BACtrack Mobile Smartphone Breathalyzer Review – Social Testing for the Social Drinker
I’m not a drinker so when BACtrack provided their Smartphone Breathalyzer for review I had to enlist a little help from my friends. Fortunately I had no trouble finding a willing test subject. My friend Jon volunteered to take the unit to Happy Hour at Bright House Field with a group of friends and then on a weekend trip to North Carolina. There were plenty of opportunities to put it through its paces. In general the breathalyzer experience was good. It seemed to accurately measure blood alcohol content and everyone got a kick out of using it. We did our testing using a 2015 Moto X Pure Edition running Android Marshmallow. Keep reading for more details.
BACtrack provides everything you need to get started with the breathalyzer. Except the alcohol, of course. In the box there’s the breathalyzer unit, a charging cable, user guide, three reusable breathing tips, and a neoprene carrying case. Everything from the packaging to the device itself is high quality. The unit has just the right amount of heft so that it doesn’t feel cheap but is light enough to carry around easily. It connects to your phone via Bluetooth and works with most phones newer than a Galaxy S3 or iPhone 4S. The plastic tips are solid and feel like they’ll last for a while. The carrying bag was a nice bonus and should help you hold on to those tips.
USAGE – THE GOOD
You’ll need to download the app from the Google Play Store or the Apple App Store. It’s free to download, of course. It’s a sharp looking app but we did run into a few issues. First, the good stuff though. After initial setup and connection to the phone we did a baseline test. The results came up quickly and Jon did manage to register a 0.0 (despite being 7:30 am on a workday I wasn’t sure he would).
Since everything was in order Jon agreed to do some real world testing. After one rum and Coke he registered 0.04 BAC. The app asks you to verify that you waited at least 15 minutes from your last drink before taking the test. Anything sooner and the results are invalid. After each test the app will tell you what your general state is. For example, at 0.04 it says “your reasoning and memory are likely impaired. Your inhibitions may be lowering.” Undeterred by his impairment, Jon pressed on. Four drinks in and two hours later he hit 0.08 BAC, the legal limit for driving in Florida. We didn’t have another BAC tester to compare against but the numbers all felt right. One great feature is that the app gives you an estimate of when your BAC will reach 0.00. It was pretty accurate but is only a guide, not a guarantee.
Your test results are recorded and the app provides some nice graphs and charts to check your history. It separates your verified (you waited 15 minutes) from all readings. This makes it easy to see your BAC progression. You can even share your results through your favorite social network. The BACtrack proved to be pretty popular. Everyone in the group wanted to give it a try. Fortunately the app includes a Friends mode. This keeps your friends’ readings separate from yours in the history and makes it easy to pass around and share. The multiple included tips come in handy here. The battery on the breathalyzer was pretty good. It lasted for about 30-40 tests on one charge.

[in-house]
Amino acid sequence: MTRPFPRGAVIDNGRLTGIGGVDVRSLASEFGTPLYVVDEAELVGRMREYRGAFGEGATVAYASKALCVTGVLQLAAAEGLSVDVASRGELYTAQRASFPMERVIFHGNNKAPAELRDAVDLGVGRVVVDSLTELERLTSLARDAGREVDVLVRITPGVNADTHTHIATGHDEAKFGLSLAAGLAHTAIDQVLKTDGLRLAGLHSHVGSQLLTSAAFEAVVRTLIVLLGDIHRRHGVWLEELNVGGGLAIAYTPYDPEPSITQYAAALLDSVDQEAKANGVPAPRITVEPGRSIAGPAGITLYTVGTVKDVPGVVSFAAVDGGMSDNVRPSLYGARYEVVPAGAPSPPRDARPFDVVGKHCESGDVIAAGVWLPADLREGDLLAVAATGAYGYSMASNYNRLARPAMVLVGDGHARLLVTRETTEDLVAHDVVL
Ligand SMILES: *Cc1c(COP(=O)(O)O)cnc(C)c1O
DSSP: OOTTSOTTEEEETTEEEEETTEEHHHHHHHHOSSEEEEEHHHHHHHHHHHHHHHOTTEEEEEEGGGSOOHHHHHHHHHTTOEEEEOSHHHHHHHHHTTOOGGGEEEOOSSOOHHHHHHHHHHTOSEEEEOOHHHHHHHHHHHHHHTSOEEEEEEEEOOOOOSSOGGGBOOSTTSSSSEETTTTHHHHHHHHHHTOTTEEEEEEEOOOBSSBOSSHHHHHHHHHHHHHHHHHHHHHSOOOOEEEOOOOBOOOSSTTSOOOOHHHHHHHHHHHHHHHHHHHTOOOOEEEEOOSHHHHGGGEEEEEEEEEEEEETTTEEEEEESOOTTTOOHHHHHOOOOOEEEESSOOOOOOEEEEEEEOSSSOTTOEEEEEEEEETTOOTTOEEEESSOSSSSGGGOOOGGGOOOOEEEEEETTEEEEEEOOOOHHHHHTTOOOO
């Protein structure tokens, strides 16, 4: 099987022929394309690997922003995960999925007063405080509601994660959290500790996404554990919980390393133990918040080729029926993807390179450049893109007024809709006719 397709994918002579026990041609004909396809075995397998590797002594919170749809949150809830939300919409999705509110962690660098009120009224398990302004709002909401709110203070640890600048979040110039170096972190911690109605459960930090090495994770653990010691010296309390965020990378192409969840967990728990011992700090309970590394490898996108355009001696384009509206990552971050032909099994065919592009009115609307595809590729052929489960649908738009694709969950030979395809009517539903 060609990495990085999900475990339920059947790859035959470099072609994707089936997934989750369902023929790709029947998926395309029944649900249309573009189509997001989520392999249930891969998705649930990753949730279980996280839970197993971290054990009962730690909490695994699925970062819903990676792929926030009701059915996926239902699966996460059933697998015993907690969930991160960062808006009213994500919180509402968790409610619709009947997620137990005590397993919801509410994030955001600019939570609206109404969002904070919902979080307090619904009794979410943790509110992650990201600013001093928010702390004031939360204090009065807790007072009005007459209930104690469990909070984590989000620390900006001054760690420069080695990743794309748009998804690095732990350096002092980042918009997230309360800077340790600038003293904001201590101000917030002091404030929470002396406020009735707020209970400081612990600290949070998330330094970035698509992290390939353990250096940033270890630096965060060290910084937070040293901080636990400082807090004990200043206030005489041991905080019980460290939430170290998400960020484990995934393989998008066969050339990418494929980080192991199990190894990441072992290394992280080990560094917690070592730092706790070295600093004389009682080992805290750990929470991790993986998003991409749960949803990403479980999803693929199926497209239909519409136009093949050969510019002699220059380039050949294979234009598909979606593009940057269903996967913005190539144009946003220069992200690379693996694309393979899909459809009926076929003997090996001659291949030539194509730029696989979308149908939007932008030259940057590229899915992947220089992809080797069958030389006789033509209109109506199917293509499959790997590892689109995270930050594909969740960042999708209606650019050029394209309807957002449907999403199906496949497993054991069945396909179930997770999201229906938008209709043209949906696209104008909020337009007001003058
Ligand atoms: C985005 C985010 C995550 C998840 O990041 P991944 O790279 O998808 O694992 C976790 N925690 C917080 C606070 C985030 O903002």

USAGE – THE NOT SO GOOD
We did run into a couple of problems. First, the unit uses Bluetooth for connectivity. It has an effective range of 5-10 feet which meant that the phone had to follow the breathalyzer around the group. I’m not sure that passing your $400 phone around among a group of semi-drunk people is a good idea. This caused the Bluetooth connection to drop and we had to restart the app a few times to get things going again.
Another issue that we ran into was in the app itself. Before you take the test that app asks if you want to guess your BAC. Sounds like a fun thing to do, especially with a group of people. Unfortunately, every time we tried to use this feature the app would wig out. Again we’d have to kill the app and try again without the guessing game. This isn’t a deal killer but it would be a nice feature to have working.
I would like to see a small LCD on the unit that would instantly show you your BAC. The only way to get your reading is on your phone. It would be nice to have the option of using the phone primarily for tracking and advanced charting while still being able to instantly get your results. Other units in BACtrack’s product line do feature LCDs, albeit without phone integration.
The BACtrack Smartphone Breathalyzer is a good product. It definitely has some novelty value and is fun to use with others but it also serves a useful purpose. Its results aren’t legally admissible in court but they do give you a good idea of how impaired you are.
If you are looking for a way to help track your alcohol intake its a nice thing to have. You can purchase the breathalyzer for about $97 from Amazon.